# Math Exams

Preparing for and taking math exams can be extremely stressful for students who do not feel they are strong at mathematics or test taking in general. Because math requires strong concentration skills, math exams can also be difficult for students who may have problems focusing, especially those with Attention Deficit Hyperactivity Disorder. There are, however, a variety of tips and techniques all students can use when studying for and taking math tests. Some of these techniques are specific to math tests, while others can be applied to all academic exams.

If possible, you should try to study alone and in a group. When you work in a small group, other students will be able to help answer questions and solve problems you find difficult. You will also be able to help other students. Being able to teach a topic is an indication that you thoroughly know the material, while not being able to teach it indicates that you need to continue working on learning that math skill. When you work alone, you can test yourself. One way to do this is to actually make an exam using unassigned problems from the text book. Then, simulate classroom conditions and even set a time limit for yourself. When you are finished, grade yourself so that you can better assess what material you have mastered and what material you need to study.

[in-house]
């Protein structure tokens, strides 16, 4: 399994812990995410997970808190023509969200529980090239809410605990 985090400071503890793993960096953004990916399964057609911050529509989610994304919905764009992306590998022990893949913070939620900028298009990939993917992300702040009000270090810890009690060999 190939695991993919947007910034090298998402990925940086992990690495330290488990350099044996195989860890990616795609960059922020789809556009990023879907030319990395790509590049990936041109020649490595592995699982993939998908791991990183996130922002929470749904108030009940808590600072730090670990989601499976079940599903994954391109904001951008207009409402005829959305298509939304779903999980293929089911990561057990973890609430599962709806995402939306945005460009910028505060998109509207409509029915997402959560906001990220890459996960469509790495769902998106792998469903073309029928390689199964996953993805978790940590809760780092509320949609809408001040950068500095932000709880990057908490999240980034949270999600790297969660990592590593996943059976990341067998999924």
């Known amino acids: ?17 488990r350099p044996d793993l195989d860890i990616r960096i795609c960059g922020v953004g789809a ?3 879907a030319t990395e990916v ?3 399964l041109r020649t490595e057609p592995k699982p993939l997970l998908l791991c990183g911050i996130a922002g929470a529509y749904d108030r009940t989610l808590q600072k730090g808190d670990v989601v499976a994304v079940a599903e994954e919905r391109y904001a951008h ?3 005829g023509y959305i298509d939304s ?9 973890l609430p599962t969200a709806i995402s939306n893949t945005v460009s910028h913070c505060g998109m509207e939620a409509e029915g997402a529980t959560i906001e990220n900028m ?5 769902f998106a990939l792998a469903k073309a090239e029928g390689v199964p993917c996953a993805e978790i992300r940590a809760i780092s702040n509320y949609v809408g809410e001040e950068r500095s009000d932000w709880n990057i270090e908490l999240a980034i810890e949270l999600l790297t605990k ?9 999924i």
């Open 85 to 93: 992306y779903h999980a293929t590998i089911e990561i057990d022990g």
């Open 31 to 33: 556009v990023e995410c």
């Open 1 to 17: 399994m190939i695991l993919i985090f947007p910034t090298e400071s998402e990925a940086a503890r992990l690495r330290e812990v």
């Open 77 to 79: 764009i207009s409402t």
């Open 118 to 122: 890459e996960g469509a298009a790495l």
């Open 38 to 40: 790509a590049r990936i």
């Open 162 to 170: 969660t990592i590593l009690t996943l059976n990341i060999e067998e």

The first thing you should do when you sit down to take the actual math exam is to read through the test. Look at how many questions are on the exam and the types of questions. This will help you to prioritize what problems to work on first. Remember, there is no rule that states you have to complete the test in the order that it is presented. Next, take the time to thoroughly and completely read the directions. Many times students miss a problem because they do not follow the directions, even though they know how to solve it. When you are working on a problem, make sure that you write clearly. This ensures that you do not misread your own handwriting and make a mistake, and it also ensures that the teacher can follow your process. Go back and check over your work to make sure that you did not make any simple mistakes, such as adding together two numbers to get the wrong answer. Making a simple mistake at the beginning of a problem usually means that the final answer will be wrong. Finally, if you get stuck on one problem, move on. You can always come back to that problem when you have finished the rest of the exam, instead of wasting all of your time on trying to solve one problem.